Mumbai: On Saturday, Nationalist Congress Party (NCP) workers threw blank ink and eggs at Marathi actor Ketaki Chitale outside the Kalamboli Police station while she was being taken away by the police for an allegedly derogatory post against NCP president Sharad Pawar. Two days later, women workers of the NCP were seen throwing their sandals and slippers at Chitale’s photo.
Chitale was arrested for sharing a poem purportedly written by an advocate, referring to an “80-year-old Pawar”, calling him a “mosquito” and describing him as someone who “hates Brahmins” and for whom “hell is waiting”.
Incidents such as throwing ink, egging, hurling chappals, and resorting to fisticuffs have not been unheard of in Maharashtra’s political landscape. But they have mostly been associated with the Shiv Sena — like the 2015 ink attack on Sudheendra Kulkarni of the Observer Research Foundation, or last month, when footwear were flung at BJP leader Kirit Somaiya’s car.
However, over the last few days, it is the Shiv Sena’s ally, the NCP, that is making news for such aggressive protests against social media criticism of party chief Pawar. At the forefront are the party’s women workers.
Speaking to ThePrint, political commentator Hemant Desai said the NCP, which by and large is not known to have an aggressive image, turns up its belligerence every time Pawar faces any kind of extreme criticism.
“The party is constituted around Sharad Pawar’s larger-than-life image, his projection of a ‘raiyatecha raja (people’s leader)’. So, if there’s anything said against Pawar, the party goes on the offensive just like the Shiv Sainiks have been known to do for Bal Thackeray,” Desai added.
Take, for instance, the time that NCP members burnt effigies of Anna Hazare in 2011 over the social activist’s comment after an angry man slapped Pawar, then the Union agriculture minister, in Delhi. Hazare had mockingly asked if the NCP president was slapped only once.
In 2019, NCP workers staged protests in front of the ED office in Mumbai after the investigating agency named Pawar in a money laundering case in connection with an alleged scam at the Maharashtra State Cooperative Bank.
On its part, the NCP says personal attacks on “father figure” Pawar are wont to upset party members.
‘Pawarsaheb our father figure’
A day before Chitale’s arrest, NCP workers lodged police complaints against a student, Nitin Bhamre, for an allegedly offensive tweet against Pawar, which the party saw as a death threat. Bhamre’s tweet had referred to Pawar as the “Gandhi of Baramati” and said the time has come for “Baramati to prepare a Nathuram Godse”. He was arrested for his comment Saturday.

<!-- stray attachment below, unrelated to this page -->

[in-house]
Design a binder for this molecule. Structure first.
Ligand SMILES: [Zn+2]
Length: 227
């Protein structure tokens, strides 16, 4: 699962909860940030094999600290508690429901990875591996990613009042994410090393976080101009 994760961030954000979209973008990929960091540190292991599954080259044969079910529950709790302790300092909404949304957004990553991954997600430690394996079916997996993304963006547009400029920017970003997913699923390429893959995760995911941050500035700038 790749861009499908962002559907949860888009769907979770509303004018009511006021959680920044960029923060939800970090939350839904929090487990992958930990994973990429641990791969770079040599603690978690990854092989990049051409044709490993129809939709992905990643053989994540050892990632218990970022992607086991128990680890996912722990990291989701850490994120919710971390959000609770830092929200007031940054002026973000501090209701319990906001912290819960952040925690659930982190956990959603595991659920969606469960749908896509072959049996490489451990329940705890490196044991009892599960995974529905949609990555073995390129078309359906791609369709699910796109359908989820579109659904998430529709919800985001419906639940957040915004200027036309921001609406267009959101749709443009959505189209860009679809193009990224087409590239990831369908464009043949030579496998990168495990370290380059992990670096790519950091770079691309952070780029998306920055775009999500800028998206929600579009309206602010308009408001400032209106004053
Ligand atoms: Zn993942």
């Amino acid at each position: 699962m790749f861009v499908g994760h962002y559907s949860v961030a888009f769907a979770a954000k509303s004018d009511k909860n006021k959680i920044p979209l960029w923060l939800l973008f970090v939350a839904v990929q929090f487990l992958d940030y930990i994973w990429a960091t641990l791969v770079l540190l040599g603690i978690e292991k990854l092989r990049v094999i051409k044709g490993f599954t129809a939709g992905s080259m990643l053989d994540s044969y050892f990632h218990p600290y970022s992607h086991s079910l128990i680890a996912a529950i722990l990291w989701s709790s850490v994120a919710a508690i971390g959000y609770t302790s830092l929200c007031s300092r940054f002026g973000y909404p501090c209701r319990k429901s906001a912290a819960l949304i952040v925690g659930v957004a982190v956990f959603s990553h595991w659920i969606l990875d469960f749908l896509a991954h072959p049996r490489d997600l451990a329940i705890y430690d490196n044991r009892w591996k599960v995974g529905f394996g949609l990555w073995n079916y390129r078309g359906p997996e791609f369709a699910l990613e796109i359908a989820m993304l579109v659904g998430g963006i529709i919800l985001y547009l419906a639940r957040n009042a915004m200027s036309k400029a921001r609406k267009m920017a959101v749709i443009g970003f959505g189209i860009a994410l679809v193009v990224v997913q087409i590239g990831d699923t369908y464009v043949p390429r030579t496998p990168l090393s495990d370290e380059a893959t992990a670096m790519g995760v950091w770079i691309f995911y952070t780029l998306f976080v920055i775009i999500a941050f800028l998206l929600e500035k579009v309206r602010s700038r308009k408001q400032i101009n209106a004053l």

The following day, BJP spokesperson Vinayak Ambekar lodged a police complaint claiming that some NCP workers had slapped him for what they claimed was a derogatory post about Pawar. BJP’s Maharashtra president Chandrakant Patil shared a purported video of the incident on Twitter.
The Indian Express quoted Ambekar as saying later that he had posted a poem on Facebook and had deleted the last two lines when he realised they were “unwarranted”.
“I had posted a poem on my Facebook page. I had not named anyone,” Ambekar was quoted as saying. “But yes, I agree I should not have written the last two lines in the poem. I also got a call from our leaders Girish Bapat and Jagdish Mullick.
“They said they had got a call from the NCP’s Ankush Kakade objecting to my post. I immediately deleted the two lines at the request of my leaders. But I also realised that the two lines were unwarranted. I then posted an apology on the Facebook post.”
Asked about the NCP’s reaction to Chitale, party leader Mahesh Tapse told ThePrint that her post was a personal attack on Sharad Pawar.
“Pawarsaheb is not just our leader. For us, he’s the head of our family,” Tapse said. “And if someone says something derogatory about the head of our family, it’s natural that party workers will get upset. That’s why women workers of the party are more upset — because it is like an insult to their father. You are free to criticise the government and its policies, but what Chitale said was especially derogatory on a personal front.”
Tapse said party workers acted emotionally, but also condemned the attack on Ambekar.
“But similarly, when a BJP member slapped a leader of our party, I didn’t see any senior leader of that party saying anything about it,” he added.
The incident Tapse was referring to was from Monday, when some workers of the NCP women’s wing got into a fracas with BJP leaders at a Pune auditorium where Union minister Smriti Irani was attending a book release event.
Towards the very end of the event, some NCP workers entered the auditorium demanding that they should be allowed to give Irani a memorandum on rising fuel prices, sparking an argument with BJP workers. The NCP claimed that male workers of the BJP attacked workers from the NCP women’s wing and also hit a party leader.
(Edited by Uttara Ramaswamy)